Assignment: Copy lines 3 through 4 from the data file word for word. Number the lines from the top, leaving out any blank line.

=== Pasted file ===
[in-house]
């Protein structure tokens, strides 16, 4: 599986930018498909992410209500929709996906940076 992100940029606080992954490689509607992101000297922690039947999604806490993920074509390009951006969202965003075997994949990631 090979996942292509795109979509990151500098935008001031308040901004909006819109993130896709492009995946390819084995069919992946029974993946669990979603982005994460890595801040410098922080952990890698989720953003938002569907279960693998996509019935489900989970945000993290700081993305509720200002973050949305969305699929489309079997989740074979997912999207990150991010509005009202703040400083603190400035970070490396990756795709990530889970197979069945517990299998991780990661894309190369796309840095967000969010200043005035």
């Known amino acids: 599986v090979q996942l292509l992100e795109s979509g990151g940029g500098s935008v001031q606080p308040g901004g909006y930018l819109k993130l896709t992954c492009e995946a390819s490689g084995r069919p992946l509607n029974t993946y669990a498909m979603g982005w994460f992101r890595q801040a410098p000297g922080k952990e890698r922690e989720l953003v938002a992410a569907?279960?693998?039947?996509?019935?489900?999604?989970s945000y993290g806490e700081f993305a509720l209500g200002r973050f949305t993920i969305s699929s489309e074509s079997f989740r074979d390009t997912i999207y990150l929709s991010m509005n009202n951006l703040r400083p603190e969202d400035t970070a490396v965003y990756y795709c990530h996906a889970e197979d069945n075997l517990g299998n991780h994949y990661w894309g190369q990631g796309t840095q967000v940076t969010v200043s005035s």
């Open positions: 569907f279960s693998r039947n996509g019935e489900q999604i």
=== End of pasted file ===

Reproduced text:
């Known amino acids: 599986v090979q996942l292509l992100e795109s979509g990151g940029g500098s935008v001031q606080p308040g901004g909006y930018l819109k993130l896709t992954c492009e995946a390819s490689g084995r069919p992946l509607n029974t993946y669990a498909m979603g982005w994460f992101r890595q801040a410098p000297g922080k952990e890698r922690e989720l953003v938002a992410a569907?279960?693998?039947?996509?019935?489900?999604?989970s945000y993290g806490e700081f993305a509720l209500g200002r973050f949305t993920i969305s699929s489309e074509s079997f989740r074979d390009t997912i999207y990150l929709s991010m509005n009202n951006l703040r400083p603190e969202d400035t970070a490396v965003y990756y795709c990530h996906a889970e197979d069945n075997l517990g299998n991780h994949y990661w894309g190369q990631g796309t840095q967000v940076t969010v200043s005035s």
């Open positions: 569907f279960s693998r039947n996509g019935e489900q999604i």